Painter and mixed-media artist James L. Williams grew up in Winston-Salem, North Carolina, before moving to attend high school at a military academy in Virginia. During his high school years, Williams didn't have the opportunity to take many art classes, but he did have access to the school library's collection of art books.
"In high school I was making a little bit of art," he explains. "We didn't have an art class, but we had art books, so I was reading about it more than I was actually making it." This early exposure gave rise to a persistent interest in research and love of reading about art that plays a prominent role in Williams' art and teaching practices. When Williams later attended the University of North Carolina Greensboro to complete his graduate degree, he was thrilled to have access to its impressive library. These books, as much as the artwork by historic painters, were an important inspiration for him.
"It triggers new ideas when you see artists and books that you've never seen before. I would check out 20 books at a time and take them back to my studio and learn what artists were making and talking about," Williams says.
His intellectual relationship to painting is particularly clear in the names that he gives his work. Pieces in the "Making New Connections," "I'm Not There Yet" and "Lost and Found to Woven Possibilities" series reveal the complex thought processes behind his art practice.
Williams says he always had an interest in and knack for art. He describes early forays into art-making as similar to mechanical or engineering drawings, which helped his young mind work through the ways that objects and environments fit together. But Williams initially planned to study environmental science when he arrived as a freshman at Ferrum College in Virginia.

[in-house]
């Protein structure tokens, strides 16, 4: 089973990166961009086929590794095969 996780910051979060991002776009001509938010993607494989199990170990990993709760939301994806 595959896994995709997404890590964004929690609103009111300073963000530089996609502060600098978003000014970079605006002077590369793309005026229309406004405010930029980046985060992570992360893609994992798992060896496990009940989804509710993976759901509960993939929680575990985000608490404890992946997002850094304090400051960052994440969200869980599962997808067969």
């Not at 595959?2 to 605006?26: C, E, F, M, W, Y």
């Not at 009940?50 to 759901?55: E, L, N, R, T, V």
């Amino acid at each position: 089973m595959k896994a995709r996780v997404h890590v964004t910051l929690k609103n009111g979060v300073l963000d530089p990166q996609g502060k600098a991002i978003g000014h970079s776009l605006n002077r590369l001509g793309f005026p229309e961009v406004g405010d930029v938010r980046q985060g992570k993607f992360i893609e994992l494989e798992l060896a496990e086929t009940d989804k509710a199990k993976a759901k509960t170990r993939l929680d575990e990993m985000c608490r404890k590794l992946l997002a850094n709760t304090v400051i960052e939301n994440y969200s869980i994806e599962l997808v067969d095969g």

"The chemistry and math were going to be a little challenging," Williams explains with a good-natured laugh. "So, I decided that I would take up art there instead."
Though Williams changed the format and discipline from which he conducted his studies, his artwork still reflects his interest in the environment and the complexities surrounding both natural and man-made structures. His paintings, which are largely nonrepresentational, are often reflections on photographs he takes of buildings and interesting scenes he finds while exploring new places. Williams is an avid hiker and appreciates the outdoors and is often traveling. Along with taking photos in the places that he visits, he incorporates found objects from various locales into his mixed-media works.
Williams' relationship to the environment is particularly apparent in his "Cartography" series, some of which are currently hanging in New Elements Gallery in downtown Wilmington. One of these, titled "A New Beginning IV," vividly recalls a bus or train system map. The piece, a 19.75-inch by 14.5-inch mixed media work on paper, is incredibly colorful and sections of the composition appear to denote varying topography or a complex city design. Brightly colored lines run from clustered, gridlike interior spaces out to the edge of the image. Many of these lines culminate in small diamond shapes, as if highlighting important spots or stops along a transportation route. The piece is composed primarily in acrylic paints along with sections of a map, which Williams cut into a grid-like design, small pieces of paper, and other media like pen, pencil and possibly crayon or colored pastel. In this way, the media Williams uses coincide with the subject matter -- the assortment of tools and materials used is reminiscent of the variety of places and people inherent to any cityscape. In this piece and others like it, Williams creates an image that is diverse, vibrant and full of a variety of experiences, especially if you take the extra time to look closely.
Williams describes the way that environment and art making collide for him.